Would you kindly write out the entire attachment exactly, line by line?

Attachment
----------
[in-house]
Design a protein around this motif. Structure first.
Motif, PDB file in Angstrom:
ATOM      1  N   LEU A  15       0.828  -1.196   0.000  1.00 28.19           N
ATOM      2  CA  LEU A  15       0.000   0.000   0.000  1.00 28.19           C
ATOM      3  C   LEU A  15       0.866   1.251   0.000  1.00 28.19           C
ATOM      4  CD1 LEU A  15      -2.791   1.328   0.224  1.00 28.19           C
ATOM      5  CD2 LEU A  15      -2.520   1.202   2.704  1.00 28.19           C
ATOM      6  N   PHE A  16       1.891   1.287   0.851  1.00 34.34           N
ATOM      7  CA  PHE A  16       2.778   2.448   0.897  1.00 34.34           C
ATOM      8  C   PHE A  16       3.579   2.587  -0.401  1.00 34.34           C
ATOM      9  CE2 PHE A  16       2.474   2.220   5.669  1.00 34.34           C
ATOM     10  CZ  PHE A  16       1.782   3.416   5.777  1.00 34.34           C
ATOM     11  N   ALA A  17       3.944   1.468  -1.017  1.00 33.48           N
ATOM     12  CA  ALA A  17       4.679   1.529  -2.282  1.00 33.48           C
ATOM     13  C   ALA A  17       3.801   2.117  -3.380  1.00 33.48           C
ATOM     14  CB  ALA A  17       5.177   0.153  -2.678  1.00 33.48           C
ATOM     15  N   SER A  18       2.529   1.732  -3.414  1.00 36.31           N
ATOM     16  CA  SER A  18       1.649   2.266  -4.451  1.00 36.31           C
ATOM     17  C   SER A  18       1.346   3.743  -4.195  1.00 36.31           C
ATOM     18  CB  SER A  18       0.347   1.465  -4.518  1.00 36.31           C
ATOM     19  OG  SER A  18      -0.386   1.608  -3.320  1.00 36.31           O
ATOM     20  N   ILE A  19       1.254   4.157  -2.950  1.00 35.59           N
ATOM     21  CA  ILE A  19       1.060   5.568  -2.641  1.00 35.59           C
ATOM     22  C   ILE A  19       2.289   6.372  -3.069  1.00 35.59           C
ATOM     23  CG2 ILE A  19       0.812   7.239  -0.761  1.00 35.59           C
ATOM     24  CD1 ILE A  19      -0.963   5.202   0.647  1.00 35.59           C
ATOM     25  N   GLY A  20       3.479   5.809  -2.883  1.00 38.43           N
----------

[in-house]
Design a protein around this motif. Structure first.
Motif, PDB file in Angstrom:
ATOM      1  N   LEU A  15       0.828  -1.196   0.000  1.00 28.19           N
ATOM      2  CA  LEU A  15       0.000   0.000   0.000  1.00 28.19           C
ATOM      3  C   LEU A  15       0.866   1.251   0.000  1.00 28.19           C
ATOM      4  CD1 LEU A  15      -2.791   1.328   0.224  1.00 28.19           C
ATOM      5  CD2 LEU A  15      -2.520   1.202   2.704  1.00 28.19           C
ATOM      6  N   PHE A  16       1.891   1.287   0.851  1.00 34.34           N
ATOM      7  CA  PHE A  16       2.778   2.448   0.897  1.00 34.34           C
ATOM      8  C   PHE A  16       3.579   2.587  -0.401  1.00 34.34           C
ATOM      9  CE2 PHE A  16       2.474   2.220   5.669  1.00 34.34           C
ATOM     10  CZ  PHE A  16       1.782   3.416   5.777  1.00 34.34           C
ATOM     11  N   ALA A  17       3.944   1.468  -1.017  1.00 33.48           N
ATOM     12  CA  ALA A  17       4.679   1.529  -2.282  1.00 33.48           C
ATOM     13  C   ALA A  17       3.801   2.117  -3.380  1.00 33.48           C
ATOM     14  CB  ALA A  17       5.177   0.153  -2.678  1.00 33.48           C
ATOM     15  N   SER A  18       2.529   1.732  -3.414  1.00 36.31           N
ATOM     16  CA  SER A  18       1.649   2.266  -4.451  1.00 36.31           C
ATOM     17  C   SER A  18       1.346   3.743  -4.195  1.00 36.31           C
ATOM     18  CB  SER A  18       0.347   1.465  -4.518  1.00 36.31           C
ATOM     19  OG  SER A  18      -0.386   1.608  -3.320  1.00 36.31           O
ATOM     20  N   ILE A  19       1.254   4.157  -2.950  1.00 35.59           N
ATOM     21  CA  ILE A  19       1.060   5.568  -2.641  1.00 35.59           C
ATOM     22  C   ILE A  19       2.289   6.372  -3.069  1.00 35.59           C
ATOM     23  CG2 ILE A  19       0.812   7.239  -0.761  1.00 35.59           C
ATOM     24  CD1 ILE A  19      -0.963   5.202   0.647  1.00 35.59           C
ATOM     25  N   GLY A  20       3.479   5.809  -2.883  1.00 38.43           N